Two weeks ago, I had the opportunity to tag along with USGS postdocs Corina Cerrovski-Darriau, John Perkins and civil servant Andy Cyr on the annual Friends of the Pleistocene (FOP) Pacific Cell trip to Panamint Valley. Panamint Valley is sandwiched between the Sierra Nevada on the west, the more famous Death Valley on the east, and the Mojave Desert to the south.
On the drive down, we stopped at some of the famous pinning points on the Garlock Fault (denoted “GF” on the above map), the transform fault which separates the Basin and Range Province to the north from the southern Mojave block, which has not experiences the same extension and normal faulting. Pinning points are locations where distinctive rock formations are sliced through by the fault and can be used to figure out how much movement has occurred along a fault since the layers were deposited together.
John Perkins walks up a perfectly formed mini stream network at the Garlock Fault pinning point.
The next two days were spent driving around Panamint Valley with over 150 other geologists and to look at outcrops and argue over interpretations. The FOP guidebook does a fabulous job in laying out what recent research was debated on the trip, and you can find a link here. For me, one of the most exciting parts was getting to interact with soil scientists, since I had never done so previously and suddenly became aware of new vistas of the chronology of soil development.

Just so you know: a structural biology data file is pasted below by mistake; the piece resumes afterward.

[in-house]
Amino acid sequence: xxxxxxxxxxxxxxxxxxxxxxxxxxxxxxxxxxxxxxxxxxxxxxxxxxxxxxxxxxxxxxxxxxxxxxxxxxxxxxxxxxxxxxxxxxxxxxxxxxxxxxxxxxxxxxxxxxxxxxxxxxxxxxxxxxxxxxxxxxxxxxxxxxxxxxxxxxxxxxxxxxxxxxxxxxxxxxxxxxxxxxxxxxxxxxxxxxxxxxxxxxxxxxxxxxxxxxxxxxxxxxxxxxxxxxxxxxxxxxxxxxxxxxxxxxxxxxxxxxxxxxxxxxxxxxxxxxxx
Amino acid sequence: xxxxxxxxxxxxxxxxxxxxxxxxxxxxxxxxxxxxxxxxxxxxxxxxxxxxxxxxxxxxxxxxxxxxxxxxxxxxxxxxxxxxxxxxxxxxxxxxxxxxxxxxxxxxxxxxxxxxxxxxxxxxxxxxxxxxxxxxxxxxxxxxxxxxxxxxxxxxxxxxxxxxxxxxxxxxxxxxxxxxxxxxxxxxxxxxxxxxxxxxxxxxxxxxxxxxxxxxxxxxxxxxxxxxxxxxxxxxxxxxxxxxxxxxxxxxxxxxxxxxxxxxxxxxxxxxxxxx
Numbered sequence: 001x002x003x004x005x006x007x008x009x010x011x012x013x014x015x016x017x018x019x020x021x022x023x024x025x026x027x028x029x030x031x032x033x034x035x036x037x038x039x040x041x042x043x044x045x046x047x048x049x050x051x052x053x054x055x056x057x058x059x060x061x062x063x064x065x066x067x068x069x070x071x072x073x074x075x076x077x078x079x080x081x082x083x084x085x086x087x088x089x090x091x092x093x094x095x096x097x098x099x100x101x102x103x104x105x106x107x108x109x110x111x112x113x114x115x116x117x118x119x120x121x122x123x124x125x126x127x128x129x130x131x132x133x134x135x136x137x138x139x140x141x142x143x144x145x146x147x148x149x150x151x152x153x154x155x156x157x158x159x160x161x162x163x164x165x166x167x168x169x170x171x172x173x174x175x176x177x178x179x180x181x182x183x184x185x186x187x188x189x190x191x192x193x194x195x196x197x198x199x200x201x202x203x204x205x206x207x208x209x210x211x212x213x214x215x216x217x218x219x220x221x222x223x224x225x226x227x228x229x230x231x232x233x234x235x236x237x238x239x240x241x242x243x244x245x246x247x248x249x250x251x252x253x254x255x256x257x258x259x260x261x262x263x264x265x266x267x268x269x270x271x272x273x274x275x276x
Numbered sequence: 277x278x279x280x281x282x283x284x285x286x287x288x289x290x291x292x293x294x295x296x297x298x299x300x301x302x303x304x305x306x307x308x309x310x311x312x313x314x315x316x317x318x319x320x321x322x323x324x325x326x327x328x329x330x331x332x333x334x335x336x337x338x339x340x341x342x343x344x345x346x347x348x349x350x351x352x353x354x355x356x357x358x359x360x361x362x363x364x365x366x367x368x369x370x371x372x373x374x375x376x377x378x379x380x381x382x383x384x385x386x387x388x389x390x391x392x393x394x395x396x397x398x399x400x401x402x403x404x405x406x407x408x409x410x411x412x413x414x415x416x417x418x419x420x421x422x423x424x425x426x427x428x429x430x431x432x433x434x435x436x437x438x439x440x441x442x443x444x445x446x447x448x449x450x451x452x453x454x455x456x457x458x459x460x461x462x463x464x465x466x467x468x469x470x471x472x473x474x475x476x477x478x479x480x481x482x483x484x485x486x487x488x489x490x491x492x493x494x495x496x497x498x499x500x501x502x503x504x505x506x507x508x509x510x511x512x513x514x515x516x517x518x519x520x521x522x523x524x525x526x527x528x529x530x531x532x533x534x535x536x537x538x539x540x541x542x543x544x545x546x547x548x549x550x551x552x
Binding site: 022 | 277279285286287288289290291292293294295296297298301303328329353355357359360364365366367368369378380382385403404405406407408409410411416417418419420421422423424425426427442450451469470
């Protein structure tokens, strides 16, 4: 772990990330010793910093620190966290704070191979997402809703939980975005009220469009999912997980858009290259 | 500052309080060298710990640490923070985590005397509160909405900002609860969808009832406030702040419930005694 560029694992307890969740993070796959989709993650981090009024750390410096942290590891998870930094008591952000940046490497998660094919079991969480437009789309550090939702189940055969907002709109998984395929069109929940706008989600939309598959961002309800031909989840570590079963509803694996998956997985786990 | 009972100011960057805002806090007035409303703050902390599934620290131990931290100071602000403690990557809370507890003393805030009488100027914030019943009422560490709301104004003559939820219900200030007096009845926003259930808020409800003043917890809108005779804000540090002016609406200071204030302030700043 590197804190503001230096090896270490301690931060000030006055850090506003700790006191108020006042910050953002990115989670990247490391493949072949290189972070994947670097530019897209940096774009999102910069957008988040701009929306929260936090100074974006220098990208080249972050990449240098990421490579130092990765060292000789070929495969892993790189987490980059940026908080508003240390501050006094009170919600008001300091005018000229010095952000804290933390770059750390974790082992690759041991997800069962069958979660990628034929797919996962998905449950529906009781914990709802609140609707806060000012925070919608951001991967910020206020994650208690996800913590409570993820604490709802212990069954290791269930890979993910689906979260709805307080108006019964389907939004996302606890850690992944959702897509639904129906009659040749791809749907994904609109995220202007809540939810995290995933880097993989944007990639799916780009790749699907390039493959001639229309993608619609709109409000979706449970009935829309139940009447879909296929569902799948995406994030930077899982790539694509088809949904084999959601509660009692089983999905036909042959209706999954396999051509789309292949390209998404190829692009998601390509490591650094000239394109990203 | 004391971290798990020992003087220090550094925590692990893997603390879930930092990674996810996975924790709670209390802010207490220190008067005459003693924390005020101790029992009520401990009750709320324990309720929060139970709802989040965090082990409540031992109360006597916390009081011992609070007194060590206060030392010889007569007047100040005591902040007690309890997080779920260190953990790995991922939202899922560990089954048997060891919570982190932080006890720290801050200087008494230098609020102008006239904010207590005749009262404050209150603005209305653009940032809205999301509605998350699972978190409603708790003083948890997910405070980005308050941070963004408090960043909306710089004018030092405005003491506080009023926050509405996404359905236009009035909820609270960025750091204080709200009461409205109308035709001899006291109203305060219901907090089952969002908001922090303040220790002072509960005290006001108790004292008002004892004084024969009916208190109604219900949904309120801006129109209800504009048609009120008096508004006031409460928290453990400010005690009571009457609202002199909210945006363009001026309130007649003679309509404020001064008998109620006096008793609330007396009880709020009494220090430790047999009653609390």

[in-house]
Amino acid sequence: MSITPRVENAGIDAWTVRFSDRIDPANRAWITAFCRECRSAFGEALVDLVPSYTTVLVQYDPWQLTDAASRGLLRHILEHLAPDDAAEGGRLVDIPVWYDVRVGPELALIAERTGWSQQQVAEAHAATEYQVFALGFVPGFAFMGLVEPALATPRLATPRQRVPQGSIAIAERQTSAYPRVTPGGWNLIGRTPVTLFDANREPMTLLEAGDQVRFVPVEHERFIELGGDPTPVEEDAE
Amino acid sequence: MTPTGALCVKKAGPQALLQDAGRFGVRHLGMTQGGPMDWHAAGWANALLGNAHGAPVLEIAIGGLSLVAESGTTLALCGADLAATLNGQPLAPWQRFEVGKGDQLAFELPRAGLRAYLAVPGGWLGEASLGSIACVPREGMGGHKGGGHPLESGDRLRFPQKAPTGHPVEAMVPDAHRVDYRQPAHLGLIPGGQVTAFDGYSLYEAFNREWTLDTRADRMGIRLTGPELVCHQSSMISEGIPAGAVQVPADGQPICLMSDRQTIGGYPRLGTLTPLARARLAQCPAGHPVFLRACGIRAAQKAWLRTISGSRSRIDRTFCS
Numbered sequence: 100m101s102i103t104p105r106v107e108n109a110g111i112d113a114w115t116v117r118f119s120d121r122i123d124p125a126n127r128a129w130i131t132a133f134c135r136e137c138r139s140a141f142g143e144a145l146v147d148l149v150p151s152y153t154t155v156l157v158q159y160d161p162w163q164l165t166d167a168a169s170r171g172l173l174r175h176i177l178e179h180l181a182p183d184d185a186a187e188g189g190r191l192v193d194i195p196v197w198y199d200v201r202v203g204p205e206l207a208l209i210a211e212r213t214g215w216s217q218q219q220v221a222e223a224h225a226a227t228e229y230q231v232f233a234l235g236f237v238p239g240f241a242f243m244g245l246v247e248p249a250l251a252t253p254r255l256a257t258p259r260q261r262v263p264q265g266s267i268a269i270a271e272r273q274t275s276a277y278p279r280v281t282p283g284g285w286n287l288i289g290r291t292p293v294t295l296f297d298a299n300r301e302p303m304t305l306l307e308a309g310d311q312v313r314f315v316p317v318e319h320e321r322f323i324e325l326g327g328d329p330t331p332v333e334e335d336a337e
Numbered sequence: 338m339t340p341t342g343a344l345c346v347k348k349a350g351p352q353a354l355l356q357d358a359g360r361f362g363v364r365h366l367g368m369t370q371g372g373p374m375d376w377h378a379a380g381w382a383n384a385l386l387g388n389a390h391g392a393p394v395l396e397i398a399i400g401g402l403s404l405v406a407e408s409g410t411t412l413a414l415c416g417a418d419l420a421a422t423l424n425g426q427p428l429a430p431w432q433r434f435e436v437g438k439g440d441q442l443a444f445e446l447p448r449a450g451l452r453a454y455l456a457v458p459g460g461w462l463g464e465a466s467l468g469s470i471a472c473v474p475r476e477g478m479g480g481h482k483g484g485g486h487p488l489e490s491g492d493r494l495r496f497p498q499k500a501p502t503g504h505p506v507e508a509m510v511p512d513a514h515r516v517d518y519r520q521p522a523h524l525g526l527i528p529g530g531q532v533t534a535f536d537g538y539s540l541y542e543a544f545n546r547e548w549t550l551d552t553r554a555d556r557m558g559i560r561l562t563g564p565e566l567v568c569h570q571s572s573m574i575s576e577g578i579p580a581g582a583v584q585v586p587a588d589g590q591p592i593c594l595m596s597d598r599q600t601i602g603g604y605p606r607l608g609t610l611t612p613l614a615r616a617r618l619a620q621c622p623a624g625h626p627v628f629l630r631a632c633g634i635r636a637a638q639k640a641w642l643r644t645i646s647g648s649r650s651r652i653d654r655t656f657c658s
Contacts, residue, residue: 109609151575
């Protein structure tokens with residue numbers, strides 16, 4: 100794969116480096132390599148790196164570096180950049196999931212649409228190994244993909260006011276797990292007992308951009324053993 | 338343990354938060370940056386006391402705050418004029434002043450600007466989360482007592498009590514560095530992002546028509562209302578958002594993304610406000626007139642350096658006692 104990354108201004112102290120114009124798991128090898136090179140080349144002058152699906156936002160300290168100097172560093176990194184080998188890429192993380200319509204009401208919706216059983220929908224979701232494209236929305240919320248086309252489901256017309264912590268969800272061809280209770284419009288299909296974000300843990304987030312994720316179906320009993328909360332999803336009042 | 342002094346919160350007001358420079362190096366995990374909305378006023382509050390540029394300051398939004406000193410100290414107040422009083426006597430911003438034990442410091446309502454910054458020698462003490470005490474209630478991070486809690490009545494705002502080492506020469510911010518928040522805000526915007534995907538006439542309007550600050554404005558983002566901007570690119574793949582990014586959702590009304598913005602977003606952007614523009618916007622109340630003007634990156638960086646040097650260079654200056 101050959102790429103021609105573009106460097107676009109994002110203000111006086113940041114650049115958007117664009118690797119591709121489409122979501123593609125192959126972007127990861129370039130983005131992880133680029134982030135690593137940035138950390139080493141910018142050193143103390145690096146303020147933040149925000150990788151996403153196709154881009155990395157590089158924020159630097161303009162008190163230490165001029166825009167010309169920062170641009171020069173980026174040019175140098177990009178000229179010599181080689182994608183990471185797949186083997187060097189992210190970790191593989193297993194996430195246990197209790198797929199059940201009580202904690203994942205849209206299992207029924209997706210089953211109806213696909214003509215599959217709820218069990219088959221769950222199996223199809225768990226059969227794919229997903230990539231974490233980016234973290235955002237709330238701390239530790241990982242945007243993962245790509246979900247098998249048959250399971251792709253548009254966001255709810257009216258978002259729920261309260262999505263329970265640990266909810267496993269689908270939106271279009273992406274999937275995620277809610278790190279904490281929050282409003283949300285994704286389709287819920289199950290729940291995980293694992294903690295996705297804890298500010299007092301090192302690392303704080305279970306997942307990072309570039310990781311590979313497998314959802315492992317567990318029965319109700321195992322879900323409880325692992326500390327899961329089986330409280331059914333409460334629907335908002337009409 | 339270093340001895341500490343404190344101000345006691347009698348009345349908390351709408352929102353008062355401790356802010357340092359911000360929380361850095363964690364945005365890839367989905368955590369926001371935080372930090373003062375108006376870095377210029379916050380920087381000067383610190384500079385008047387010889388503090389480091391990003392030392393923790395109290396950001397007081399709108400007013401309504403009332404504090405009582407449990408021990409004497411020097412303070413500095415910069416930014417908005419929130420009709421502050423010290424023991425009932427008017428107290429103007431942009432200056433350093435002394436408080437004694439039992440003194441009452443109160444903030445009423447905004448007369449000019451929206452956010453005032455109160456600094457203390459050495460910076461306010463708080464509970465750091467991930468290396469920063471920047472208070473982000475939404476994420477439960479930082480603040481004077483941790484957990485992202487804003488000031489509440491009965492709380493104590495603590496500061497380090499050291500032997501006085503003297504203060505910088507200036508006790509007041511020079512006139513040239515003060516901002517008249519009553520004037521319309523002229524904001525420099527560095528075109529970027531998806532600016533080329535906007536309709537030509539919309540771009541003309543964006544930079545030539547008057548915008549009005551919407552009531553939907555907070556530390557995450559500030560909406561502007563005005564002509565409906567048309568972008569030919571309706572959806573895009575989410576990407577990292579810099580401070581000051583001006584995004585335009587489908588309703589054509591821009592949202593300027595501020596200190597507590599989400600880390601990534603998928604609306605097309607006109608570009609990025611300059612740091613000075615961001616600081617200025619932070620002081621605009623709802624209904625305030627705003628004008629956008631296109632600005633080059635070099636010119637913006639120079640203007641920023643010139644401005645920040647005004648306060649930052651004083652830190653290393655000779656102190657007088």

Our fearless trip leaders, Eric Kirby and Eric MacDonald, dressed as sharks at the Two Left Shark Bar, an impromptu watering hole assembled as the last stop of the trip.
The trip was also a great opportunity to meet other geologists out west in a non-traditional academic setting. FOP was designed as an organization with pretty much no leadership or infrastructure, so everyone who comes brings all their own equipment and RSVPs are only necessary if you want a t-shirt. In the evenings, after eating dinner at our own campsites, everyone congregated around a massive bonfire to chat, sing songs and drink beer late into the night, giving me valuable time to chat and ask questions of professionals in my field.
Sunset over the campsites.
Overall, it was a fabulous trip, and I learned a ton about the interactions between tectonics and geomorphology in Panamint Valley. In particular, since I went to field camp nearby in Death Valley, I knew a lot of the rock formations, but this trip helped to understand how local surface processes played off the fault systems and geologic history I had observed previously. I can’t wait to get back to the desert for more camping!